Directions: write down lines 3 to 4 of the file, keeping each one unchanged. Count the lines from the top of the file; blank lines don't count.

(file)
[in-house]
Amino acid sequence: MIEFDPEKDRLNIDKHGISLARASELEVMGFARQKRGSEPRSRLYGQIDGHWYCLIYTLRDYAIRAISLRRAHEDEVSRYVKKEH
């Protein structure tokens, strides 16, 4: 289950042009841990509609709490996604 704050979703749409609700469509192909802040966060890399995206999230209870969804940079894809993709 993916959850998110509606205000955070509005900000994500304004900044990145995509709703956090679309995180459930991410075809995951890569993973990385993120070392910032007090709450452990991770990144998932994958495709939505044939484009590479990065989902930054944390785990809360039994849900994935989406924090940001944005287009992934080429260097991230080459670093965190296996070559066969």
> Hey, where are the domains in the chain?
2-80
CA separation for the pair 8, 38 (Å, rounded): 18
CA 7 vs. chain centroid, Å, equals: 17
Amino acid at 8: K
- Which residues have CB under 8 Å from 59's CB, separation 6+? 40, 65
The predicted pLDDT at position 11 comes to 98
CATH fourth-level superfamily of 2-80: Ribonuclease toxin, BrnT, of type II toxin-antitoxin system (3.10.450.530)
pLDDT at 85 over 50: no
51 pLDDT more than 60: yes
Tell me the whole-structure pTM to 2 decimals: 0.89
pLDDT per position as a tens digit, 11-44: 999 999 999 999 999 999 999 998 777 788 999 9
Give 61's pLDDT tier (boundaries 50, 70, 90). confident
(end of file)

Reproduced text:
């Protein structure tokens, strides 16, 4: 289950042009841990509609709490996604 704050979703749409609700469509192909802040966060890399995206999230209870969804940079894809993709 993916959850998110509606205000955070509005900000994500304004900044990145995509709703956090679309995180459930991410075809995951890569993973990385993120070392910032007090709450452990991770990144998932994958495709939505044939484009590479990065989902930054944390785990809360039994849900994935989406924090940001944005287009992934080429260097991230080459670093965190296996070559066969």
> Hey, where are the domains in the chain?